# Computability, Complexity, and Languages

### Fundamentals of Theoretical Computer Science

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Computability, Complexity, and Languages: Fundamentals of Theoretical Computer Science provides an introduction to the various aspects of theoretical computer science. Theoretical computer science is the mathematical study of models of computation. This text is composed of five parts encompassing 17 chapters, and begins with an introduction to the use of proofs in mathematics and the development of computability theory in the context of an extremely simple abstract programming language. The succeeding parts demonstrate the performance of abstract programming language using a macro expansion technique, along with presentations of the regular and context-free languages. Other parts deal with the aspects of logic that are important for computer science and the important theory of computational complexity, as well as the theory of NP-completeness. The closing part introduces the advanced recursion and polynomial-time computability theories, including the priority constructions for recursively enumerable Turing degrees. This book is intended primarily for undergraduate and graduate mathematics students.

## Table of Contents

Preface

Acknowledgments

Dependency Graph

Chapter 1 Preliminaries

1. Sets and n-Tuples

2. Functions

3. Alphabets and Strings

4. Predicates

5. Quantifiers

6. Proof by Contradiction

7. Mathematical Induction

Part 1 Computability

Chapter 2 Programs and Computable Functions

1. A Programming Language

2. Some Examples of Programs

3. Syntax

4. Computable Functions

5. More About Macros

Chapter 3 Primitive Recursive Functions

1. Composition

2. Recursion

3. PRC Classes

4. Some Primitive Recursive Functions

5. Primitive Recursive Predicates

6. Iterated Operations and Bounded Quantifiers

7. Minimalization

8. Pairing Functions and Gödel Numbers

Chapter 4 A Universal Program

1. Coding Programs by Numbers

2. The Halting Problem

3. Universality

4. Recursively Enumerable Sets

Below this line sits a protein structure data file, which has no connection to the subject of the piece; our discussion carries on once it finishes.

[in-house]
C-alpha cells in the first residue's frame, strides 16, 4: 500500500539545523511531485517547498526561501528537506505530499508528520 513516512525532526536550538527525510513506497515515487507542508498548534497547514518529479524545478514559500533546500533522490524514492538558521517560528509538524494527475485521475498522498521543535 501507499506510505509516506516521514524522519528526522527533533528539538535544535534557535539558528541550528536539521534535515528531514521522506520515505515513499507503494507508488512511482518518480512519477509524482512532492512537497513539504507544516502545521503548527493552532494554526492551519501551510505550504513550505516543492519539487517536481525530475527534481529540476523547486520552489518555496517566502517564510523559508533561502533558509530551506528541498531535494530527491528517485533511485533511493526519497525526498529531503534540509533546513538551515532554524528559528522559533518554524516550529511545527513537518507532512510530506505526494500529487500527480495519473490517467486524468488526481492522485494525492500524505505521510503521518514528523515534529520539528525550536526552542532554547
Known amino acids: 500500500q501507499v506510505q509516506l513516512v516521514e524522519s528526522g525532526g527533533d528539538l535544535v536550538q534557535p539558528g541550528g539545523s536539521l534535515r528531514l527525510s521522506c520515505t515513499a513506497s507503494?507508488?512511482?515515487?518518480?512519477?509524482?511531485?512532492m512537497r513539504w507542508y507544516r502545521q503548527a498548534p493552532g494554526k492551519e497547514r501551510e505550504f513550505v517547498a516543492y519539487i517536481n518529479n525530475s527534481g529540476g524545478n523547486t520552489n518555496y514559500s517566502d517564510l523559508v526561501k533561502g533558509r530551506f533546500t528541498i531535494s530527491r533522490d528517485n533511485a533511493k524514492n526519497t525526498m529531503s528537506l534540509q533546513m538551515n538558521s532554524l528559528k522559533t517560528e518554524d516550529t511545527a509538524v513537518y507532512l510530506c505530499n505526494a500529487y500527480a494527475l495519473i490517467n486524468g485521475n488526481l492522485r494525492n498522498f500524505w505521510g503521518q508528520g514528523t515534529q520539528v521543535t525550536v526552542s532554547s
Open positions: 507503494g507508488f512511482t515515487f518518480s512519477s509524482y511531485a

5. The Parameter Theorem

6. The Recursion Theorem

7. Rice's Theorem 67

Chapter 5 Calculations on Strings

1. Numerical Representation of Strings

2. A Programming Language for String Computations

3. The Languages ℓ and ℓn

4. Post-Turing Programs

5. Simulation of ℓ in T

6. Simulation of T in ℓ

Chapter 6 Turing Machines

1. Internal States

2. A Universal Turing Machine

3. The Languages Accepted by Turing Machines

4. The Halting Problem for Turing Machines

5. Nondeterministic Turing Machines

6. Variations on the Turing Machine Theme

Chapter 7 Processes and Grammars

1. Semi-Thue Processes

2. Simulation of Nondeterministic Turing Machines by Semi-Thue Processes

3. Unsolvable Word Problems

4. Post's Correspondence Problem

5. Grammars

6. Some Unsolvable Problems Concerning Grammars

7. Recursion and Minimalization

8. Normal Processes

9. A Non-R.E. Set

Part 2 Grammars and Automata

Chapter 8 Regular Languages

1. Finite Automata

2. Nondeterministic Finite Automata

3. Additional Examples

4. Closure Properties

5. Kleene's Theorem

6. The Pumping Lemma and Its Applications

7. The Myhill-Nerode Theorem

Chapter 9 Context-Free Languages

1. Context-Free Grammars and Their Derivation Trees

2. Regular Grammars

3. Chomsky Normal Form

4. Bar-Hillers Pumping Lemma

5. Closure Properties

6. Solvable and Unsolvable Problems

7. Bracket Languages

8. Pushdown Automata

9. Compilers and Formal Languages

Chapter 10 Context-Sensitive Languages

1. The Chomsky Hierarchy

2. Linear Bounded Automata

3. Closure Properties

Part 3 Logic

Chapter 11 Propositional Calculus

1. Formulas and Assignments

2. Tautological Inference

3. Normal Forms

4. The Davis-Putnam Rules

5. Minimal Unsatisfiability and Subsumption

6. Resolution

7. The Compactness Theorem

Chapter 12 Quantification Theory

1. The Language of Predicate Logic

2. Semantics

3. Logical Consequence

4. Herbrand's Theorem

5. Unification

6. Compactness and Countability

7. Gödel's Incompleteness Theorem

8. Unsolvability of the Satisfiability Problem in Predicate Logic

Part 4 Complexity

Chapter 13 Loop Programs

1. The Language L and Primitive Recursive Functions

2. Running Time

3. ℓn as a Hierarchy

4. A Converse to the Bounding Theorem

5. Doing without Branch Instructions

Chapter 14 Abstract Complexity

1. The Blum Axioms

2. The Gap Theorem

3. Preliminary Form of the Speedup Theorem

4. The Speedup Theorem Concluded

Chapter 15 Polynomial-Time Computability

1. Rates of Growth

2. P Versus NP

3. Cook's Theorem

4. Other NP-Complete Problems

Part 5 Unsolvability

Chapter 16 Classifying Unsolvable Problems

1. Using Oracles

2. Relativization of Universality

3. Reducibility

4. Sets R.E. Relative to an Oracle

5. The Arithmetic Hierarchy

6. Post's Theorem

7. Classifying Some Unsolvable Problems

8. Rice's Theorem Revisited

9. Recursive Permutations

Chapter 17 Degrees of Unsolvability and Post's Problem

1. Turing Degrees

2. The Kleene-Post Theorem

3. Creative Sets—Myhill's Theorem

4. Simple Sets—Dekker's Theorem

5. Sacks's Splitting Theorem

6. The Priority Method

Suggestions for Further Reading

Index

## Product details

- No. of pages: 446
- Language: English
- Copyright: © Academic Press 1983
- Published: December 1, 1983
- Imprint: Academic Press
- eBook ISBN: 9781483264585

## About the Authors

### Martin D. Davis

### Elaine J. Weyuker

## About the Editor

### Werner Rheinboldt

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